What is old age, but the receptacle of all maladies? For if thy lot be to draw thy days to a long date, in comes old bald-headed age, stooping under dotage, with his wrinkled face, decaying teeth, and offensive breath; testy with choler, withered with dryness, dimmed with blindness, obsurded with deafness, overwhelmed with, sickness, and bowed together with weakness; having no use of any sense, but of the sense of pain, which so racks every member of his body, that it never eases him of grief, till it has thrown him down to his grave.

      Thus far of the miseries which accompany the body. Now of the miseries which accompany chiefly the soul in this life.

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See Also:
   Practice of Piety 1 - Directing a Christian How to Walk, that He May Please God.
   Practice of Piety 2 - A Plain Description of the Essence and Attributes of God
   Practice of Piety 3 - Meditations of the Misery of a Man Not Reconciled to God in Christ.
   Practice of Piety 4 - Meditations of the Miseries of Man from Infancy to Old Age.
   Practice of Piety 5 - Meditations of the Misery of the Soul in this Life.
   Practice of Piety 6 - Meditations of the Misery of the Body and Soul in Death.
   Practice of Piety 7 - Meditations of the Misery of a Man after Death.
   Practice of Piety 8 - Blessedness of the Regenerate
   Practice of Piety 9 - Meditations of the blessed state of a Regenerate Man in his Death.
   Practice of Piety 10 - Meditations of the blessed state of the Regenerate Man after Death.
   Practice of Piety 11 - Meditations of the blessed state of a Regenerate Man in Heaven.
   Practice of Piety 12 - Of the Prerogatives which the Elect shall enjoy in Heaven.
   Practice of Piety 13 - Of the Effects of those Prerogatives.
   Practice of Piety 14 - Meditations directing a Christian how to apply to himself.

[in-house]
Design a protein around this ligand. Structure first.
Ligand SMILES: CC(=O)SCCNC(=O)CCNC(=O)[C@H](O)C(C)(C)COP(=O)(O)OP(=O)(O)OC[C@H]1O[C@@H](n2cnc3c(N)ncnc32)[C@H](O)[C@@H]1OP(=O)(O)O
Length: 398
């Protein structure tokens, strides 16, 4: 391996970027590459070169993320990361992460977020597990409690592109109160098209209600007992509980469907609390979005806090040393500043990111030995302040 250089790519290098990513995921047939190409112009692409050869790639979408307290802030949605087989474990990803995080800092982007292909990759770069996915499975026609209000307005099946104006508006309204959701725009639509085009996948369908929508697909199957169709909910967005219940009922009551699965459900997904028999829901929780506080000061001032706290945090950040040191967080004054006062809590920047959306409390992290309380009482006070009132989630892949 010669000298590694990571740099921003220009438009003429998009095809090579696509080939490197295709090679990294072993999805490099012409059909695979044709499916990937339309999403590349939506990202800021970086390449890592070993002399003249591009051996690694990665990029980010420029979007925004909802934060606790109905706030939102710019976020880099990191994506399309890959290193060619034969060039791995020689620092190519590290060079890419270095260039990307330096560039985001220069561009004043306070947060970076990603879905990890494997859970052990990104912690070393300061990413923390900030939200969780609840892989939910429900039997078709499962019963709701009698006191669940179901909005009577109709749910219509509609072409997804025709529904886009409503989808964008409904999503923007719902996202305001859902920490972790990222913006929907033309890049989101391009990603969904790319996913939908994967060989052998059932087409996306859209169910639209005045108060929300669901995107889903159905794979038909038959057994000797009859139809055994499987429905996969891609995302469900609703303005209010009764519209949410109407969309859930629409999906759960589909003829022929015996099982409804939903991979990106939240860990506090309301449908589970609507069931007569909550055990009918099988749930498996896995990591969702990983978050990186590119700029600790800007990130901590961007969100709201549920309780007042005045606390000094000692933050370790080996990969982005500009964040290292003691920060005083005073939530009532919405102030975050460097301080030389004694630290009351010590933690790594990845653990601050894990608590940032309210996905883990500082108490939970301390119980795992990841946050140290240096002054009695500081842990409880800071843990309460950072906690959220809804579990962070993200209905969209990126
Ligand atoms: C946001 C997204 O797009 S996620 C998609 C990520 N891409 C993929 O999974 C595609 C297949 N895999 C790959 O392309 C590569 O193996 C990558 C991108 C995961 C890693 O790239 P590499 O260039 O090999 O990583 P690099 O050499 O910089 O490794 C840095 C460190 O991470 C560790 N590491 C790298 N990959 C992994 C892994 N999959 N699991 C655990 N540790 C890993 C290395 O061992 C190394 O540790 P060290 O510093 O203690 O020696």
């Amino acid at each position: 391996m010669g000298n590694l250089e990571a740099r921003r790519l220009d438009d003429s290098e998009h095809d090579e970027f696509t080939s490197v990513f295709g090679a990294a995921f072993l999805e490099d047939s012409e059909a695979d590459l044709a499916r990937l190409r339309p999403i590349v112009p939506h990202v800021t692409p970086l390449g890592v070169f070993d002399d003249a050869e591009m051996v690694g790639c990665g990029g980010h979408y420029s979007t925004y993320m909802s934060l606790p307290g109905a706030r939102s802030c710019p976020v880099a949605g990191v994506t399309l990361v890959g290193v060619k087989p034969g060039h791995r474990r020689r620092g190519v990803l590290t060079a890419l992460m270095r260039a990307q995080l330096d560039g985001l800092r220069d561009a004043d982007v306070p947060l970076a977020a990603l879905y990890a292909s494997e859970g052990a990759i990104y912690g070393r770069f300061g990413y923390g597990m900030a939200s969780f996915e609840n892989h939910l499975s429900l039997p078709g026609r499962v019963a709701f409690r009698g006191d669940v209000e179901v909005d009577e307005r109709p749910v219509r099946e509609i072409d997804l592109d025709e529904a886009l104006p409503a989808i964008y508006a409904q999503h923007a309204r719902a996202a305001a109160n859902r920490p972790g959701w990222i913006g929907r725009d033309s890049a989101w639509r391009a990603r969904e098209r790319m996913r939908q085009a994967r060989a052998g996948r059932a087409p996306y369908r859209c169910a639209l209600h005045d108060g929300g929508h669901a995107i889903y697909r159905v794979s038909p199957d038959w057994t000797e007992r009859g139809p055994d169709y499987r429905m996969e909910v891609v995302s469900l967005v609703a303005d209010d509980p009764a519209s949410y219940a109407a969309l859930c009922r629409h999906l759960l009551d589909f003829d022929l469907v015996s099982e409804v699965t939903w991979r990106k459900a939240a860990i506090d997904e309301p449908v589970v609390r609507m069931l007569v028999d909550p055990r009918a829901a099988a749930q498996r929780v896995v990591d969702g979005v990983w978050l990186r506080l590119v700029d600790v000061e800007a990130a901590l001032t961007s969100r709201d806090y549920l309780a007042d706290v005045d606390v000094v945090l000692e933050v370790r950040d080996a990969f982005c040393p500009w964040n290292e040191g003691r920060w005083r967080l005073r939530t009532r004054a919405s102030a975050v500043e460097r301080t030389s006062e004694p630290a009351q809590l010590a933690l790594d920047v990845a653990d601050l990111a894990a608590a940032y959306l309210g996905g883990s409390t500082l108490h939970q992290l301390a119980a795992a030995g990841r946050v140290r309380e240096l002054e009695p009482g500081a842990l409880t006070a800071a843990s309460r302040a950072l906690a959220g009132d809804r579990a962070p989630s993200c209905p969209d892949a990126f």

Practice of Piety 15 - Meditations on the Hindrances which Keep a Sinner from Piety.
   Practice of Piety 16 - How a Private Man Must Begin the Morning with Piety.
   Practice of Piety 17 - Meditations for the Morning.
   Practice of Piety 18 - Brief Directions How to Read the Holy Scriptures Once A Year
   Practice of Piety 19 - A Prayer for the Morning.
   Practice of Piety 20 - Meditations to stir us up to Morning Prayer.
   Practice of Piety 21 - Another short Morning Prayer.
   Practice of Piety 22 - Farther Meditations to stir up to Prayer in the Morning.
   Practice of Piety 23 - A brief Prayer for the Morning.
   Practice of Piety 24 - Meditations Directing a Christian How To Walk All the Day with God
   Practice of Piety 25 - Secondly, for thy Words.
   Practice of Piety 26 - Thirdly, for thy Actions.
   Practice of Piety 27 - Meditations for the Evening.
   Practice of Piety 28 - A Prayer for the Evening.
   Practice of Piety 29 - Another shorter Evening Prayer.
   Practice of Piety 30 - Meditations for Household Piety.
   Practice of Piety 31 - Morning Prayer for a Family.
   Practice of Piety 32 - The Practice of Piety at Meals, and the Manner of Eating.
   Practice of Piety 33 - Grace before Meat.
   Practice of Piety 34 - The Practice of Piety at Evening.
   Practice of Piety 35 - Evening Prayer for a Family.
   Practice of Piety 36 - Meditations of the True Manner of Practising Piety on the Sabbath-Day.
   Practice of Piety 37 - Ten Reasons demonstrating the Commandment of the Sabbath to be moral.